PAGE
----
“Alas,” cried Gandalf into the wind, “Saruman has betrayed us! He had imprisoned me up there.”
“This is very ill-news indeed!” the eagle cried.
“Yes, but how far can you carry me?”
The eagle turned its head to look at Gandalf, and its bright eyes gleamed. “Worried that I might drop you?” it joked. Gandalf laughed in response.
“If it were not for you,” the eagle continued, “I would not be here to soar the winds now. I will bear you where you wish, though all my feathers fall out, and I die from the exhaustion. But I had intended to bring you to Rivendell. That is where Aragorn is taking the hobbits.”
“Is taking?” Gandalf said with misgiving, “they ought to have been there by now, if Frodo had received my letter.”
“Alas, I understand that you letter went astray, and the company just left Bree two days ago. I was sent to search for you. I first traveled to Edoras for news of you, and I was coming North again when I met Radagast.”
“Ah, this is the worst news yet. Tell me what else you know!” The eagle recounted what it knew of the events in Bree. Gandalf was thoughtful for a moment.
“Take me to Weathertop,” he said at last, “That is where Aragorn will go, and if the Nine are following they will need my help. At the very least I can lead some away.”
“Very well,” said the eagle, making the adjustment in direction. “I asked a friend of mine to go to Rivendell, as I thought you might need him. If we overcome him, I shall let you ride him instead, you will need his speed if you are to outrun the Nine, and I shall go first back to Bree, to see what news I can. I would try to find the travelers, but I would have difficulty seeing them beneath the trees. Then I shall go to Rivendell to tell them the news.”
“Who is this friend?” Gandalf asked, “I had not thought that any could fly faster than you.”
“Not fly, run.” The wise eagle replied. “The riders would soon tire of chasing an eagle. I would have to fly low, and very slowly for them to keep up, and would seem only to be taunting them, and they would soon abandon the chase, and turn again to seek the Ring.”
“What then could out-run the Nine?” Gandalf asked. Just then the eagle swooped low, calling back to Gandalf, and ahead to the horse that Gandalf could now see as a tiny speck on the rocky ground, “Shadowfax.” The horse neighed in response to the eagle’s cry, and slowed his pace as the eagle landed.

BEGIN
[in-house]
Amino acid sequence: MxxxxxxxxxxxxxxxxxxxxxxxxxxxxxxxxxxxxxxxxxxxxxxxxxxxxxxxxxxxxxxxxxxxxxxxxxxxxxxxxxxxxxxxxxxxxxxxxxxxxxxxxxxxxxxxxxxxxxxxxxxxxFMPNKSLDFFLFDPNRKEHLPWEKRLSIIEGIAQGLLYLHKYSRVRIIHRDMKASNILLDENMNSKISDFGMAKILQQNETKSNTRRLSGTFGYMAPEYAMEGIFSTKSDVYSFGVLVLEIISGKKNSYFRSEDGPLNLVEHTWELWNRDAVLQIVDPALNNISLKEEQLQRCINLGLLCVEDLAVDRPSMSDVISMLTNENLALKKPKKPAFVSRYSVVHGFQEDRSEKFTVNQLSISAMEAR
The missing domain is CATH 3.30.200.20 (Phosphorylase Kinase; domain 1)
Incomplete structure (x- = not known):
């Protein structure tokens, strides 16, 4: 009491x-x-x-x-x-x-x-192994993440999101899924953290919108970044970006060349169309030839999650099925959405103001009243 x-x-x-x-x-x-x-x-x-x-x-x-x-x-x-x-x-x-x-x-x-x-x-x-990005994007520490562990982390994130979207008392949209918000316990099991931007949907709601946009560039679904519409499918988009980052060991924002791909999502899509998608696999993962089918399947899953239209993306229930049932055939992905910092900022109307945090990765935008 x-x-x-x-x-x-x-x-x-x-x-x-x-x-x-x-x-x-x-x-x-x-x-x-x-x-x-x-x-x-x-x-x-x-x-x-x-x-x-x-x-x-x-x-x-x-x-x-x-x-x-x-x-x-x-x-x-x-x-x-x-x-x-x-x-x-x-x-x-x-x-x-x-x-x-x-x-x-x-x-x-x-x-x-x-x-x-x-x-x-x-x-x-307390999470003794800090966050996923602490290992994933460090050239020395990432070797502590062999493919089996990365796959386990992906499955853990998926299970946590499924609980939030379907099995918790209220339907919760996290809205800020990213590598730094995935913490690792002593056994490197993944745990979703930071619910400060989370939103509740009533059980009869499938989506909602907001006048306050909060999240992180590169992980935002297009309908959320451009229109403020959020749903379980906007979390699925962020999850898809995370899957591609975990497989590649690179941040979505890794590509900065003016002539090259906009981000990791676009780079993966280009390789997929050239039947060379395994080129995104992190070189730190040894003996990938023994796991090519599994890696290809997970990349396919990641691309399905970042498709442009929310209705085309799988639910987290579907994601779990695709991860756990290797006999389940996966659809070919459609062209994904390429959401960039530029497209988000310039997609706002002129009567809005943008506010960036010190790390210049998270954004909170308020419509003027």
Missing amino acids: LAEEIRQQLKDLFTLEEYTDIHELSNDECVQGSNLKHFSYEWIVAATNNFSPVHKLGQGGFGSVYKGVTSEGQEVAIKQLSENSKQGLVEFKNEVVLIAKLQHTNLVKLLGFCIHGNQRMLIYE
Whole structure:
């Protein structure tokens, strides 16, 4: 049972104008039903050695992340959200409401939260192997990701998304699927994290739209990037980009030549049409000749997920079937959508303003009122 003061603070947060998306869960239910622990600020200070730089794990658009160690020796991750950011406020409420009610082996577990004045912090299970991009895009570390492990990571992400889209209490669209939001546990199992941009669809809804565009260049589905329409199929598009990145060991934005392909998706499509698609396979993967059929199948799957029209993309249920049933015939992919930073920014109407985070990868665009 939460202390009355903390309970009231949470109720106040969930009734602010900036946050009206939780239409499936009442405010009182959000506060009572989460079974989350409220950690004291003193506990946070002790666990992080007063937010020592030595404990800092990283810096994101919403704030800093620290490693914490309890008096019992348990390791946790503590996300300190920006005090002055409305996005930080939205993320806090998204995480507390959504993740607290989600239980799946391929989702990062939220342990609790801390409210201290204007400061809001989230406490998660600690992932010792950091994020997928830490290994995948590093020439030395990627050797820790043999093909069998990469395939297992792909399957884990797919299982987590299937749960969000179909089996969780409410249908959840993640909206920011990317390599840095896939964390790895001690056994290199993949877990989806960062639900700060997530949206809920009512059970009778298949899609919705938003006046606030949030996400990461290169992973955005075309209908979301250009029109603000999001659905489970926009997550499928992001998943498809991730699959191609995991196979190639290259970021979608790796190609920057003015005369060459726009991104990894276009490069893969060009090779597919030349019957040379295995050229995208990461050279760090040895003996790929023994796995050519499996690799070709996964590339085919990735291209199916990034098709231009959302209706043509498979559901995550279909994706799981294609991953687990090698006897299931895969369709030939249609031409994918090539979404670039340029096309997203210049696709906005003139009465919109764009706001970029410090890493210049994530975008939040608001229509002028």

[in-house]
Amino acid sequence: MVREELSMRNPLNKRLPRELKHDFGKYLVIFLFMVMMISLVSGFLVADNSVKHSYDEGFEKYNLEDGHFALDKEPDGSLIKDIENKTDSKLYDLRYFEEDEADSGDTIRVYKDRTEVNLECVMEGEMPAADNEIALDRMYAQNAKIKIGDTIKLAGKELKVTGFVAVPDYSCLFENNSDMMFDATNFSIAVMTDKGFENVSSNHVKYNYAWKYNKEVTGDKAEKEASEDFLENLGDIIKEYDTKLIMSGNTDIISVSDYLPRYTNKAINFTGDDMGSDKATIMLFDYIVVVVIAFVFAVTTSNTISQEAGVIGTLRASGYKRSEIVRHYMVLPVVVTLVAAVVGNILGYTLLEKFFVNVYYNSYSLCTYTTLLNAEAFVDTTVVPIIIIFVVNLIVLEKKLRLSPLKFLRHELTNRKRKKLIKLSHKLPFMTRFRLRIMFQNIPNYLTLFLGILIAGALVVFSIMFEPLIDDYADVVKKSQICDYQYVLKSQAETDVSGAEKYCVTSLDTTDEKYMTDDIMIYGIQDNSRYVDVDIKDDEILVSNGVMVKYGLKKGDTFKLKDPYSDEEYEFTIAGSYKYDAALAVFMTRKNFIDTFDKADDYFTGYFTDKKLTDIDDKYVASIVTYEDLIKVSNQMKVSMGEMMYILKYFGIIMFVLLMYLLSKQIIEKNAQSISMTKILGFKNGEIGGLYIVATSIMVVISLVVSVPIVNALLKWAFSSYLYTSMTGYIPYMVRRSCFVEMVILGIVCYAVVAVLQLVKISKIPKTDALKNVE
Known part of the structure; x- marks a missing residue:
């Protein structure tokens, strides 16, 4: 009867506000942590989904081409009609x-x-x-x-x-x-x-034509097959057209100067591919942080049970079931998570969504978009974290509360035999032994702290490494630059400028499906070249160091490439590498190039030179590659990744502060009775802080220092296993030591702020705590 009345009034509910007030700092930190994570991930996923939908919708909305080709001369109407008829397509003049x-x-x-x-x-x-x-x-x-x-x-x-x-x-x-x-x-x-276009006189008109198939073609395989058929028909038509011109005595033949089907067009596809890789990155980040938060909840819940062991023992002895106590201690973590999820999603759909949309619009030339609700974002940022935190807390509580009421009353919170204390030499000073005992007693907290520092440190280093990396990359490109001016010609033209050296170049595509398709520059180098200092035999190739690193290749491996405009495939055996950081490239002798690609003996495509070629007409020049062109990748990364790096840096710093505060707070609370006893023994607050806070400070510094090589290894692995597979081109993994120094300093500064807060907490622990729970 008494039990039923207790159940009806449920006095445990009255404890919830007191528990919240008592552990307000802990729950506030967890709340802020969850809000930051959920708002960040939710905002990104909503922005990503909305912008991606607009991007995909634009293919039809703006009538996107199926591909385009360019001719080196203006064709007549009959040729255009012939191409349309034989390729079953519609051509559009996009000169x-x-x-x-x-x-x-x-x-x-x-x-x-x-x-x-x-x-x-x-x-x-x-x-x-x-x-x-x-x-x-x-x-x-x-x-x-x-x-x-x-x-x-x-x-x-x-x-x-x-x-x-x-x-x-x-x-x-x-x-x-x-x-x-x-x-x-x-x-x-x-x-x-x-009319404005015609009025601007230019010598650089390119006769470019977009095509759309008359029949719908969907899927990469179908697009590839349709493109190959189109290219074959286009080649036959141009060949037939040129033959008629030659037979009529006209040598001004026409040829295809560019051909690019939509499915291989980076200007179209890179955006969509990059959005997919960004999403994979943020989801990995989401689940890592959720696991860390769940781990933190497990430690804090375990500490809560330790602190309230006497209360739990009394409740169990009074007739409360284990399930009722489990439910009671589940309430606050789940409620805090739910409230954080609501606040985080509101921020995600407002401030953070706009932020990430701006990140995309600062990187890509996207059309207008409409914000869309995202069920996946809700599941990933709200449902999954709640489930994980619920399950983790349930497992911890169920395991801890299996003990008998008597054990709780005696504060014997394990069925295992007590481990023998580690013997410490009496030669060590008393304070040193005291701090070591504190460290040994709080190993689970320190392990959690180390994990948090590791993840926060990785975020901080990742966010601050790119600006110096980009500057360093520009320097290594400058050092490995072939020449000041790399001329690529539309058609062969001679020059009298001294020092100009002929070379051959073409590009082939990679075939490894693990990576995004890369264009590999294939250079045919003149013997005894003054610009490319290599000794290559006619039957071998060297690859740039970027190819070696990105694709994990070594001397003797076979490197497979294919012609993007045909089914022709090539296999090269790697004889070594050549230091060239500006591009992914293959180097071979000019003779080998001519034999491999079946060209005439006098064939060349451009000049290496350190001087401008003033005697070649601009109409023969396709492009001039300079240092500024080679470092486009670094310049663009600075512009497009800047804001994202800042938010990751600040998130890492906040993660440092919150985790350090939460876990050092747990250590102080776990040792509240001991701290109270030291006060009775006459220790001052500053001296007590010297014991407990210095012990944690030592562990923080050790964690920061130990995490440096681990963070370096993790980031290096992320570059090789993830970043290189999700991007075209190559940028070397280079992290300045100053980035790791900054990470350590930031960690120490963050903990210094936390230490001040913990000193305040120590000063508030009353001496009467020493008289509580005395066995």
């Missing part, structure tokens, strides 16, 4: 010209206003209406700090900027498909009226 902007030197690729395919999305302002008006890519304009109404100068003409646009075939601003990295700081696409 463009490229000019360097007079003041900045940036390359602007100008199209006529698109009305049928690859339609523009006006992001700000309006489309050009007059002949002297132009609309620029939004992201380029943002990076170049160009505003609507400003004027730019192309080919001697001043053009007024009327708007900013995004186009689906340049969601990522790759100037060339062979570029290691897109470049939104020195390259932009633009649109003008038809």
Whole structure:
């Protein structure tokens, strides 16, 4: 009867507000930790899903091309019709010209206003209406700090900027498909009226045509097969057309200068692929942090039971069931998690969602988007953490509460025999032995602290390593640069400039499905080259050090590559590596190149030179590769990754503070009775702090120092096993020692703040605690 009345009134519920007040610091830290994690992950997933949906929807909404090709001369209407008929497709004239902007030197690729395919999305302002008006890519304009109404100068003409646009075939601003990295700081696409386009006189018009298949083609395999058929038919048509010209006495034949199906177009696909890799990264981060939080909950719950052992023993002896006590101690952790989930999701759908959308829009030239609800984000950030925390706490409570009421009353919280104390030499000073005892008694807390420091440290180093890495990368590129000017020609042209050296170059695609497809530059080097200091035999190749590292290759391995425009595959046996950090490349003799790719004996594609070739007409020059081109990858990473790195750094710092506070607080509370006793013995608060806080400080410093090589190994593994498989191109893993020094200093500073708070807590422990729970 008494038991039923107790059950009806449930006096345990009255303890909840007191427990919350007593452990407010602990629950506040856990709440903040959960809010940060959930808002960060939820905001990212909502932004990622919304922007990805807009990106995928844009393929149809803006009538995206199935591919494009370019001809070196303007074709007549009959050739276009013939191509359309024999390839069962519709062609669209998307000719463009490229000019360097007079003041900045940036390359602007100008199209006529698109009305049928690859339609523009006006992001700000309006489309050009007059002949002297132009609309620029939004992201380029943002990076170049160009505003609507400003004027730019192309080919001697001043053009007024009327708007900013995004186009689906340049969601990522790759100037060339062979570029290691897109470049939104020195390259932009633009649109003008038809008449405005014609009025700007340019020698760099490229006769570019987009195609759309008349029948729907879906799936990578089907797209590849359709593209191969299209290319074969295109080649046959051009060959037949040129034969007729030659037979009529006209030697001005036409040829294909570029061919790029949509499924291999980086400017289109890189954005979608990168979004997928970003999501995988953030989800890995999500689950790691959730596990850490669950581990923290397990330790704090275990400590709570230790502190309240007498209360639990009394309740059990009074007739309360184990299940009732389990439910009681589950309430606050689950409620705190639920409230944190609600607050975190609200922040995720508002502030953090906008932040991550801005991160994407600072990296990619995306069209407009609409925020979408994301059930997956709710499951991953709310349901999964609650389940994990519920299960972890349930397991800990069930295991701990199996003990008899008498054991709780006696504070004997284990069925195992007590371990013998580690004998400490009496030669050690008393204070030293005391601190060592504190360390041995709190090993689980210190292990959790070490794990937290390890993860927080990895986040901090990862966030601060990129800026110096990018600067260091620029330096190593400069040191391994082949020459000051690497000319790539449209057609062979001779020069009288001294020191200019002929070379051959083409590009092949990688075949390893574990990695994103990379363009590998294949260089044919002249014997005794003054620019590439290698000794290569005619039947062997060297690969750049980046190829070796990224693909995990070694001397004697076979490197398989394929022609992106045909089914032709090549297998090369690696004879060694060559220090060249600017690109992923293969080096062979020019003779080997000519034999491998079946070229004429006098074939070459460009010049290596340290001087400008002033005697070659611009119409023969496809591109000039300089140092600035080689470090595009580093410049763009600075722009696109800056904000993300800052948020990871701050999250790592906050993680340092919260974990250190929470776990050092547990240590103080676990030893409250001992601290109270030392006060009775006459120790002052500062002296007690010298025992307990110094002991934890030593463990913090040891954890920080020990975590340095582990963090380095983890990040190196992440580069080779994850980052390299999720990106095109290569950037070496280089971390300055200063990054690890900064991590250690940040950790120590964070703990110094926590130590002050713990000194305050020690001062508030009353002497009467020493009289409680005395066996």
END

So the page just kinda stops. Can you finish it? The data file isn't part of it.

“It is well you said ‘Shadowfax’ and not a horse.” Gandalf said in a voice approaching awe, or as near it as a wizard can come, “He is no horse, he is too beautiful and great for such a mundane word.” The Mearas trotted towards the old man, slowly lowered his proud head, and nuzzled the old man’s outstretched hand.
“He has consented to let you ride him,” the eagle said, “Ride swiftly to Weathertop, if that is where you would go. For Shadowfax it is a mere two day’s ride. I go to Rivendell.” The eagle called this last as the magnificent wings sent up a cloud of dust, and the eagle was gone.
Zandra strode out of her room at Rivendell, her skirts swirling round her long legs as her thoughts swirled around her head. It had been a long night, full of strange dreams filled with shadowy images, and blinding pain. Or perhaps they were not dreams. If her current exhaustion was any indication, she had not slept much.
“Where is Elrond?” she asked a passing elf.
“In the council room with Glorfindel and Galdor,” came the response. She swiftly turned in that direction. When she entered the room the three elves stood. Elrond came forward to greet her.
“Zandra! It is too long since you have visited Rivendell. We have missed your music in the Hall of Fire. But come, what news do you bring?”
“Bad news I am afraid. The Black Riders are following Aragorn and the hobbits. I went back to Bree, to see what I could discover, and learned that they had left the day after I went to discover what had happened to Gandalf, but they were afoot. All the ponies had been stolen in the night. Gandalf has been found, and he went to Weathertop to find them, but I fear that they will need more help. Gandalf was planning to try to lead the Nine away,” she shook her head, “I cannot think that they will be so easily dissuaded from their purpose. Even if he does manage to lead them away for a time, it will be nearly a fortnight before they will be able to get here. I greatly fear that they will require a steed that can travel very swiftly. They will need to be able to at least send Frodo ahead quickly should the need arise.”
“I will take Asfaloth and search for them,” Glorfindel said stepping forward.
“Thank you!” said, Zandra, “that eases my mind. Now I can rest.” She sighed. Elrond could see that she was exhausted.
“Go now and rest,” he said kindly. “Do not worry, Glorfindel will find them.”
Zandra thanked the elves, and turned to return to her room. Fire in the night, she thought to herself with forboding, That was four nights ago, I hope you’re ok Gandalf. Where are you? Why did I dream so last night?